ROK-US-Ex-Rope

“You had better get back to Korea,” the messenger whispered in U.S. Army Colonel W.H.S. Wright’s ear.

Wright sat on a Tokyo church pew on Sunday, June 25, 1950, about to put his family on a U.S.-bound plane, when the North Koreans attacked the Republic of Korea. Wright immediately flew back to Seoul’s smoky confusion to command the Korean Military Advisory Group’s (KMAG) 472 American soldiers assigned to build the new ROK Army. Without warning, the next day the entire ROK Army headquarters moved south. Then Wright received a dispatch from Washington promising military reinforcement and the ROK Army headquarters returned to Seoul. The two organizations were reunited.

Read the rest of the article at War on the Rocks here.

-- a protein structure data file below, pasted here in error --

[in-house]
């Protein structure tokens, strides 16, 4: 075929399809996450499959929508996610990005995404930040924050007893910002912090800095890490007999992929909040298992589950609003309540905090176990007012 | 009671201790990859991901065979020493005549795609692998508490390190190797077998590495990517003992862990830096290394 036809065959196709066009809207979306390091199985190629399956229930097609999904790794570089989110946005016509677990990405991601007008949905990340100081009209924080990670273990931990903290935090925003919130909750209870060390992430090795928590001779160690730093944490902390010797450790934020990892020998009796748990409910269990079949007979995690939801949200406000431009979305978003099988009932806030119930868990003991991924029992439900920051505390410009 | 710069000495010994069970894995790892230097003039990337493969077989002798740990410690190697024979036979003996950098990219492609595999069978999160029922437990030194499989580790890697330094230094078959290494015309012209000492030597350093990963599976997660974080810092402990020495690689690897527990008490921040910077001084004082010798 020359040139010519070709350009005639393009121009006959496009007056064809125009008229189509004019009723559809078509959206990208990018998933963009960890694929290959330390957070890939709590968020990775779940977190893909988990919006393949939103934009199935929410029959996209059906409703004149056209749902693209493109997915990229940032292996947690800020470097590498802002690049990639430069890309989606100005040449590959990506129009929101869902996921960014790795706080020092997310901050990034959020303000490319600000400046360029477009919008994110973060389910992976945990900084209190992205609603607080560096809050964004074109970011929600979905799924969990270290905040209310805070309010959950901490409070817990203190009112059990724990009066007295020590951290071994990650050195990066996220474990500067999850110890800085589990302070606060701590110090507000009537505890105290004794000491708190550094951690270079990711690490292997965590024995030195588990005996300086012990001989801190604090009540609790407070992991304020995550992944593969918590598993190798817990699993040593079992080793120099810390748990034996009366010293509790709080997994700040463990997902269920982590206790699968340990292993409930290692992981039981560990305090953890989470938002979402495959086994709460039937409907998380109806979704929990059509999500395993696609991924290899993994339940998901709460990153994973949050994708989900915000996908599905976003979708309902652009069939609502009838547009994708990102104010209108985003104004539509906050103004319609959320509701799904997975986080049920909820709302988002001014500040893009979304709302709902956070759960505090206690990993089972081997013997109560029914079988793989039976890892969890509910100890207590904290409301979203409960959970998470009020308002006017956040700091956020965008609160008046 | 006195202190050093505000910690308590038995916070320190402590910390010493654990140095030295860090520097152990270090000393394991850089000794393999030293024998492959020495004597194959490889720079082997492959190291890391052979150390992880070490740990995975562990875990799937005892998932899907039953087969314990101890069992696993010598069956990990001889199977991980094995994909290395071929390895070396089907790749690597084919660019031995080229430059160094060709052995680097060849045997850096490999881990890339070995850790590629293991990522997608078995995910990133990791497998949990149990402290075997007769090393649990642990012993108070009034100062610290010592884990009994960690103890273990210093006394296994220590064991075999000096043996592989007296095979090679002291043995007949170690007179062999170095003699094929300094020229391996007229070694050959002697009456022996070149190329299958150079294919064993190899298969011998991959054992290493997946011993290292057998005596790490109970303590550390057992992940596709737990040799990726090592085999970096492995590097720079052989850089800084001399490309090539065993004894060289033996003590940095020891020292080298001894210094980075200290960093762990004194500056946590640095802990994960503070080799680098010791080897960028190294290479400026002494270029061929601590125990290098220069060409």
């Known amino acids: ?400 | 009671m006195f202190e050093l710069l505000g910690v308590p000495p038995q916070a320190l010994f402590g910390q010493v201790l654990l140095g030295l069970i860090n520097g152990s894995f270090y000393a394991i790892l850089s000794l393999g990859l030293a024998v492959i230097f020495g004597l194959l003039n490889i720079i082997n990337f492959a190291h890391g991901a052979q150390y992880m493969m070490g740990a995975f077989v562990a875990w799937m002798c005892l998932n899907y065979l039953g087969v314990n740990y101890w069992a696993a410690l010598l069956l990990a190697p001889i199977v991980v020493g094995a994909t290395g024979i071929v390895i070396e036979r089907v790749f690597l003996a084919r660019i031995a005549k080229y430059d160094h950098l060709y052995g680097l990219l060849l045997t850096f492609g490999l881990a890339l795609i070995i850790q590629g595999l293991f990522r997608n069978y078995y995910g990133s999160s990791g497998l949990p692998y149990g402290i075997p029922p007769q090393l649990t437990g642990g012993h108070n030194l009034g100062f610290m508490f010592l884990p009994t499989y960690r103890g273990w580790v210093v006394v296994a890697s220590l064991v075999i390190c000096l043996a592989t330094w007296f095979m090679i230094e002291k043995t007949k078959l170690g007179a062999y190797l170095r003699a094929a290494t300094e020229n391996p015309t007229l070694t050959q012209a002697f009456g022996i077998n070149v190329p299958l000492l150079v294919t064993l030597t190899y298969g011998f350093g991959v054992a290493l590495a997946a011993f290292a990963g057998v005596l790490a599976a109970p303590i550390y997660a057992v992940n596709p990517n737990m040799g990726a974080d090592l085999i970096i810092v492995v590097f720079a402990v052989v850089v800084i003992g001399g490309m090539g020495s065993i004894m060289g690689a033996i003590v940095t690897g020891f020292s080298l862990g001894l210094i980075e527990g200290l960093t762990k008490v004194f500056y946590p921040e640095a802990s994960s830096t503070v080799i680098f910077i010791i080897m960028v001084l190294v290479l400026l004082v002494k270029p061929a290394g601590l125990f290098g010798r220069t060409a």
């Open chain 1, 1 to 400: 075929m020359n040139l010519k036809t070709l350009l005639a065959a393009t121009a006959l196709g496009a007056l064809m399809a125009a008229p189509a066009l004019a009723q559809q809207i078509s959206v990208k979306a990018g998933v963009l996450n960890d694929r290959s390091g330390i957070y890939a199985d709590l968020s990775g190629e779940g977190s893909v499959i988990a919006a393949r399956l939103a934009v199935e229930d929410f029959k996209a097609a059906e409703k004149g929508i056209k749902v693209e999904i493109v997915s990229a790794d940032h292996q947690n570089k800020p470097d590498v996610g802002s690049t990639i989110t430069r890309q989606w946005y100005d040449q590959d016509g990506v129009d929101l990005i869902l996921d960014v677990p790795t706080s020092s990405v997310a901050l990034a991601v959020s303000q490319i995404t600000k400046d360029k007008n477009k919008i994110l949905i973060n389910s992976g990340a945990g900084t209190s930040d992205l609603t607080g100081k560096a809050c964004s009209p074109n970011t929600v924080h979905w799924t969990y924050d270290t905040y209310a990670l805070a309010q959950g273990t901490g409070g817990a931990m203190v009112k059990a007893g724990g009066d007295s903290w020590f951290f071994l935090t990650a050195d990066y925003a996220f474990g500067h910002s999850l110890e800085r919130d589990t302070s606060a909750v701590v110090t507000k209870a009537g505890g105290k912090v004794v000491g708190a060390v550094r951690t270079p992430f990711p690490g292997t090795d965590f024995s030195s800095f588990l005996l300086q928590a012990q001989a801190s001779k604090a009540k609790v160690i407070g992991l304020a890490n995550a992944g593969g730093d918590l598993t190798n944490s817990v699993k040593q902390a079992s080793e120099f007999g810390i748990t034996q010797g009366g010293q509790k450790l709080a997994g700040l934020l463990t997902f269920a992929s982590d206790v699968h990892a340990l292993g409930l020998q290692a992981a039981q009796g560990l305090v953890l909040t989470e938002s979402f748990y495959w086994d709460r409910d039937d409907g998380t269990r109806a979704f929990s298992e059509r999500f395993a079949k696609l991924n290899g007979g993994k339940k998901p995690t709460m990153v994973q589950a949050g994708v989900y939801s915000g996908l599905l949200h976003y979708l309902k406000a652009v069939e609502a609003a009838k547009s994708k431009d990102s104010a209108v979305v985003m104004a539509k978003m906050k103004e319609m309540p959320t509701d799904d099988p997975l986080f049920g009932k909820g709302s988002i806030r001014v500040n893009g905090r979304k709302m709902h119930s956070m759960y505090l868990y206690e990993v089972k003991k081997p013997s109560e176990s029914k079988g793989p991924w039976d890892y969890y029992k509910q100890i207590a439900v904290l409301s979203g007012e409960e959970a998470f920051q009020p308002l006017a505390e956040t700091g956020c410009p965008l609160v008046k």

ML Cavanaugh is a US Army Strategist, a Non Resident Fellow with the Modern War Institute at West Point, and has served in assignments from Iraq to the Pentagon and Norway to New Zealand. A Contributor at War on the Rocks, he looks forward to connecting via Twitter @MLCavanaugh. This essay is an unofficial expression of opinion; the views expressed are those of the author and not necessarily those of West Point, the Department of the Army, U.S. Forces Korea, the Department of Defense, or any agency of the U.S. government 


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